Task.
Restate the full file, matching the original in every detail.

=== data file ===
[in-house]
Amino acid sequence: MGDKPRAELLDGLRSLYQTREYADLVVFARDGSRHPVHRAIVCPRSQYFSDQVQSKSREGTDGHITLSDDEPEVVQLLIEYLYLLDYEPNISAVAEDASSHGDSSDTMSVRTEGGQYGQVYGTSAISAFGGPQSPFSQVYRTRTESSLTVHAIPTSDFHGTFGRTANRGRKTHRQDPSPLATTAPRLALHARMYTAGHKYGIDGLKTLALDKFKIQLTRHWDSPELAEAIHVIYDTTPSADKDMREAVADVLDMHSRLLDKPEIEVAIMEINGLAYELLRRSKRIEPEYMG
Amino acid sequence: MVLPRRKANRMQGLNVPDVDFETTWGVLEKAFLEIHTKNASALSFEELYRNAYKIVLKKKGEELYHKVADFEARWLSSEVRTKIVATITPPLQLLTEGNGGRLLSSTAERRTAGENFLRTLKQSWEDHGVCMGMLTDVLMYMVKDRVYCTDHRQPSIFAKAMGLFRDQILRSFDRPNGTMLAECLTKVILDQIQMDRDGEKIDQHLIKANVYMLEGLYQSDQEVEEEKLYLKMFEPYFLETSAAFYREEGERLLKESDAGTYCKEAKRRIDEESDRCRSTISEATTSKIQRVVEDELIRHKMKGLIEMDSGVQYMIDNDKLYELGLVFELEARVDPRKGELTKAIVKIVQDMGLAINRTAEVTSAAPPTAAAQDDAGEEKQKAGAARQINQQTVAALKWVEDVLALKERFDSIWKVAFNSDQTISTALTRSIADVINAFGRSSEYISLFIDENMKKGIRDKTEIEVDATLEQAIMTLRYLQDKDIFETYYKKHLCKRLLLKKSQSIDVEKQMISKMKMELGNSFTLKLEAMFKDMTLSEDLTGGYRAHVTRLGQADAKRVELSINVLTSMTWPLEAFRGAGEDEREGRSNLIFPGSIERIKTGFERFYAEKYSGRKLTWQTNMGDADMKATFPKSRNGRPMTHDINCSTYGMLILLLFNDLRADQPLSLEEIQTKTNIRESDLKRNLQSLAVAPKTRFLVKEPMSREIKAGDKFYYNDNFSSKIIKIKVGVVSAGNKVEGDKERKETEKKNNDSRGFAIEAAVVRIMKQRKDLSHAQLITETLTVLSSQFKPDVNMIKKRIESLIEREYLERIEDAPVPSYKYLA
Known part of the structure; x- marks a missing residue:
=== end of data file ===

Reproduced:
[in-house]
Amino acid sequence: MGDKPRAELLDGLRSLYQTREYADLVVFARDGSRHPVHRAIVCPRSQYFSDQVQSKSREGTDGHITLSDDEPEVVQLLIEYLYLLDYEPNISAVAEDASSHGDSSDTMSVRTEGGQYGQVYGTSAISAFGGPQSPFSQVYRTRTESSLTVHAIPTSDFHGTFGRTANRGRKTHRQDPSPLATTAPRLALHARMYTAGHKYGIDGLKTLALDKFKIQLTRHWDSPELAEAIHVIYDTTPSADKDMREAVADVLDMHSRLLDKPEIEVAIMEINGLAYELLRRSKRIEPEYMG
Amino acid sequence: MVLPRRKANRMQGLNVPDVDFETTWGVLEKAFLEIHTKNASALSFEELYRNAYKIVLKKKGEELYHKVADFEARWLSSEVRTKIVATITPPLQLLTEGNGGRLLSSTAERRTAGENFLRTLKQSWEDHGVCMGMLTDVLMYMVKDRVYCTDHRQPSIFAKAMGLFRDQILRSFDRPNGTMLAECLTKVILDQIQMDRDGEKIDQHLIKANVYMLEGLYQSDQEVEEEKLYLKMFEPYFLETSAAFYREEGERLLKESDAGTYCKEAKRRIDEESDRCRSTISEATTSKIQRVVEDELIRHKMKGLIEMDSGVQYMIDNDKLYELGLVFELEARVDPRKGELTKAIVKIVQDMGLAINRTAEVTSAAPPTAAAQDDAGEEKQKAGAARQINQQTVAALKWVEDVLALKERFDSIWKVAFNSDQTISTALTRSIADVINAFGRSSEYISLFIDENMKKGIRDKTEIEVDATLEQAIMTLRYLQDKDIFETYYKKHLCKRLLLKKSQSIDVEKQMISKMKMELGNSFTLKLEAMFKDMTLSEDLTGGYRAHVTRLGQADAKRVELSINVLTSMTWPLEAFRGAGEDEREGRSNLIFPGSIERIKTGFERFYAEKYSGRKLTWQTNMGDADMKATFPKSRNGRPMTHDINCSTYGMLILLLFNDLRADQPLSLEEIQTKTNIRESDLKRNLQSLAVAPKTRFLVKEPMSREIKAGDKFYYNDNFSSKIIKIKVGVVSAGNKVEGDKERKETEKKNNDSRGFAIEAAVVRIMKQRKDLSHAQLITETLTVLSSQFKPDVNMIKKRIESLIEREYLERIEDAPVPSYKYLA
Known part of the structure; x- marks a missing residue: